It's not very often that you wake up in the morning knowing that you'll be seeing three of your favorite musicians and your first thought is, "Man, today's gonna be a letdown" (and, yes, almost all the thoughts in my head start with "Man"). But such was the case the morning after as we got ready to take off for Saratoga to see Raul Malo, Gillian Welch, Steve Earle, Levon Helm again, and Bob Dylan (and to eat during Conor Oberst and the Mystic Valley Band and the Swell Season). I figured it would be a good show, but since we had lawn seats, it was pretty much a guarantee that it wouldn't be as good as the night at Levon's.
It was my first time back to the Saratoga Performing Arts Center since seeing Tom Petty there seven years ago. And my main memory of the night was being stuck in traffic for an hour and then after getting through that and missing Jackson Browne (thank you, traffic!) wondering, "Where the f*&k am I?" after volunteering to bring my friend's camera back to her car in the auxiliary parking lot in complete darkness. There were times where I thought I wouldn't make it back. I did, which you probably figured out since you're reading something I wrote.
In any case, I was prepared for the traffic jam again, but since this show was starting so early (2:30 p.m.), it wasn't nearly as bad as last time. We even got to park in the main parking lot. Sweet.
Once inside, I tried to scope out a spot near the railing separating the wealthy folks in the covered section from us nickel and dimers on the lawn. We got a decent spot, I watched Raul Malo and Gillian Welch from the rail, battled sunscreen-induced blindness during Steve Earle's set, and then gave up hope on the rail midafternoon, sometime around dinnertime/the Conor Oberst set. Malo's set, bookended by two of my favorites "Every Little Thing About You" and "All You Ever Do Is Bring Me Down," was short and solid (if I say "like an Olympic gymnast," am I a perv?), and Gillian Welch and David Rawlings started and ended strong, though, like just about every Gillian Welch listening experience I've ever had (live and CD), there was that middle portion where I slipped into a daze and lost all track of what was going on. Steve Earle was, um, you know, hey, did I tell you that I love Steve Earle? And that I'm hesitant to say anything bad about him? Well, it's true. So, yeah, Steve Earle played. Allison Moorer came out for a few songs. There was a guy on the turntables.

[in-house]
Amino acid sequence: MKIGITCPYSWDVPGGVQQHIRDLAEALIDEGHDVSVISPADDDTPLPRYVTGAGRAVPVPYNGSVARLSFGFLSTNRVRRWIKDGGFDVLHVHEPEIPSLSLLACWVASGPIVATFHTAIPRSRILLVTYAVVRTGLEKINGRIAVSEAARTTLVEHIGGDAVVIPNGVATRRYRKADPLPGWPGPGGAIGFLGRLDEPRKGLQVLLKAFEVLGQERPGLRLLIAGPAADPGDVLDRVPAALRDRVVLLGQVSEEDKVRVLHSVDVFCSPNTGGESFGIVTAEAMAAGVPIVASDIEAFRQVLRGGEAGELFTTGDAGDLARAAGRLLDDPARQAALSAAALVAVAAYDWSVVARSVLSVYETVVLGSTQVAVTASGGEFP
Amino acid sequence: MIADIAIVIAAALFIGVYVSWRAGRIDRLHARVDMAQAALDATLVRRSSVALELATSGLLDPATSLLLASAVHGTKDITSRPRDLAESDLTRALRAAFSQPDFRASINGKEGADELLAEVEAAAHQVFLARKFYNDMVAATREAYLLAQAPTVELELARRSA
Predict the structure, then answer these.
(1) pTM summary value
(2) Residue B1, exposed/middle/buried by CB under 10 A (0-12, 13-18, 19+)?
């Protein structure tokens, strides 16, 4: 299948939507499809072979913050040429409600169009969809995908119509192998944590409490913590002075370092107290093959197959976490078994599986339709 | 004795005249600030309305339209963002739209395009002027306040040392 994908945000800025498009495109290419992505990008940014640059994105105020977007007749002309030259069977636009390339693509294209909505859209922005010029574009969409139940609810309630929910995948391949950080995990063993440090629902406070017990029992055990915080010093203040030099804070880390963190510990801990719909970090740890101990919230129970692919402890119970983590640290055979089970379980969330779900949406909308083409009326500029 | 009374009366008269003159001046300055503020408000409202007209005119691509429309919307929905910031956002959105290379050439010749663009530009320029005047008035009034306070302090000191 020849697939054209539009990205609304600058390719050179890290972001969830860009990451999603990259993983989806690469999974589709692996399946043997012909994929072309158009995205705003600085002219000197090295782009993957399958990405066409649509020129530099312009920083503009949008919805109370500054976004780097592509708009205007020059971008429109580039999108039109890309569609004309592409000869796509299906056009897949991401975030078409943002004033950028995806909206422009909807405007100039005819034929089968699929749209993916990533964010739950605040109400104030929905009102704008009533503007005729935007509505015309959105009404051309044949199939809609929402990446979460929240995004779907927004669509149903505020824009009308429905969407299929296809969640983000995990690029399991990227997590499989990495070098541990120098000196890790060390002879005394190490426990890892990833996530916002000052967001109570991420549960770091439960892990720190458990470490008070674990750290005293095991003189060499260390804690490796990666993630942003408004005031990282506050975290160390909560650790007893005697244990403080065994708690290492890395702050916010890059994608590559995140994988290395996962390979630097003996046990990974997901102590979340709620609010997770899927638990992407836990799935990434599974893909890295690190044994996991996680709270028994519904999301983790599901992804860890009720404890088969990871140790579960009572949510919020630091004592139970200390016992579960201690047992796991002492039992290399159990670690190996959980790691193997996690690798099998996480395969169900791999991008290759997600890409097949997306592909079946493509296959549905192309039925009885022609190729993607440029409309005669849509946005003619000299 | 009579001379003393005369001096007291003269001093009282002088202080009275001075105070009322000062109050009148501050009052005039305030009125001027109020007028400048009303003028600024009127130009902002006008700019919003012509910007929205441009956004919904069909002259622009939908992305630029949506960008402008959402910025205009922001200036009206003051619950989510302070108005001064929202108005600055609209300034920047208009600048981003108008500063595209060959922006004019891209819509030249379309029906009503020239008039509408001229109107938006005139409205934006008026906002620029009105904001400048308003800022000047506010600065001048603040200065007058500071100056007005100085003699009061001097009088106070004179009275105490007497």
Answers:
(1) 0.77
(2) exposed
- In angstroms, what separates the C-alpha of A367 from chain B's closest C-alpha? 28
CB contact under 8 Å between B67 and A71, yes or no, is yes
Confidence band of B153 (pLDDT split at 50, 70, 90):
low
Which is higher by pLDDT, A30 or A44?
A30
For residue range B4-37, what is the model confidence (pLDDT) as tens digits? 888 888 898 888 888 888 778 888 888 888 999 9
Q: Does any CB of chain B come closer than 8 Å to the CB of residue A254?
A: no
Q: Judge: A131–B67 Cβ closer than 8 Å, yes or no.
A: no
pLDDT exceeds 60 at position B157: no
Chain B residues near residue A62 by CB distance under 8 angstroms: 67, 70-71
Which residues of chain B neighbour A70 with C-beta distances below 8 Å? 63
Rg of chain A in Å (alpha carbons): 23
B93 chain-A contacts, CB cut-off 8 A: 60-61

I was finally able to wash the sunscreen out of my eyes in time for dinner. Right before I grabbed some chicken fingers, I spotted my third John Prine shirt of the day, a sure sign that I was among good people (I would be hard-pressed to name a time when I saw one John Prine shirt, never mind three—and all for different albums ["Souvenirs," "Fair and Square," and "Standard Songs for Average People, if your keeping score]). I also exchanged t-shirt complements with a guy from Ohio wearing a Robbie Fulks shirt, who was happy to see I was wearing a Wussy shirt. So, yeah, it was a good crowd. Even the hippies weren't really annoying, an almost unheard of feat.
After the Oberst set (better than I thought) and the Swell Season mini-disaster (there were some audio problems that lead singer Glen Hansard couldn't quite put behind him), it was time for Levon again. It was a much shorter set, and Levon sounded a little more ragged than he did the night before, but it was still a real good time, capped off by "The Weight," with Earle taking the "Crazy Chester" verse and Welch, Rawlings, Hansard, and another guy from the Swell Season (sorry, don't know his name, too tired to try to figure it out) joining in on the last verse and the choruses. Of course, it would've been the height of coolness if Dylan had come out too, but it was not to be. (According to this almost-creepy article, though, he did at least watch a bit of Levon's set, which for some reason makes me happy.)